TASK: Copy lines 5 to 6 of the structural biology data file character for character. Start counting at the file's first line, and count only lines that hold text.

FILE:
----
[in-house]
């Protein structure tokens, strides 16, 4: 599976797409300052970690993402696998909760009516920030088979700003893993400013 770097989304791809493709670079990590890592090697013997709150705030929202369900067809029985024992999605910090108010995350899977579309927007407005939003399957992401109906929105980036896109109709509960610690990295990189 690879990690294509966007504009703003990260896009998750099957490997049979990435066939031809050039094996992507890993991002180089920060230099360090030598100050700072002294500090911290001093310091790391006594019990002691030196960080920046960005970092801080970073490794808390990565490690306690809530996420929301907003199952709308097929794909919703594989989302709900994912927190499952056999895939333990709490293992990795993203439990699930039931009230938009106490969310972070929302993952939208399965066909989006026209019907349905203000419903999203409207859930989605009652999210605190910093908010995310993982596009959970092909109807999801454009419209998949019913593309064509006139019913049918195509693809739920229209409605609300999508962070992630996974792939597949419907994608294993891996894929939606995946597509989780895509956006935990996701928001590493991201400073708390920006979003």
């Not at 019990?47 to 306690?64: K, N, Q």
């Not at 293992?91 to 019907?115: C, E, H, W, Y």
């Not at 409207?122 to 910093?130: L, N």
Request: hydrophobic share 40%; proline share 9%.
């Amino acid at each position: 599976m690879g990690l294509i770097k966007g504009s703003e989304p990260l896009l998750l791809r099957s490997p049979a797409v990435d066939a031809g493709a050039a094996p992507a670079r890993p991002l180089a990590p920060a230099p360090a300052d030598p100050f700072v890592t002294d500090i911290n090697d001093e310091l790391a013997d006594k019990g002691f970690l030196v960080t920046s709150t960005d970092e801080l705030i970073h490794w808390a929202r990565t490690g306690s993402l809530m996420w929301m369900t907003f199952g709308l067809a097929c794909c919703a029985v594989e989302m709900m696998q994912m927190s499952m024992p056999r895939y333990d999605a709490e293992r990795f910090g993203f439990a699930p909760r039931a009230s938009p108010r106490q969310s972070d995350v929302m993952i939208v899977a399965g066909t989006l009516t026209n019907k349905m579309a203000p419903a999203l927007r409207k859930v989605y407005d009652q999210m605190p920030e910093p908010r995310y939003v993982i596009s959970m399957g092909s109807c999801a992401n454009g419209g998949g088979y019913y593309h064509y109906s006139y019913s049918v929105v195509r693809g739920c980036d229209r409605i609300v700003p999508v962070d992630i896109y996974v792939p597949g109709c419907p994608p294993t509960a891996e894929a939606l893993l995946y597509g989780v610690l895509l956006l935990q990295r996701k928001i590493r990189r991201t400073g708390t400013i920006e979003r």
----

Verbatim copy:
């Not at 409207?122 to 910093?130: L, N």
Request: hydrophobic share 40%; proline share 9%.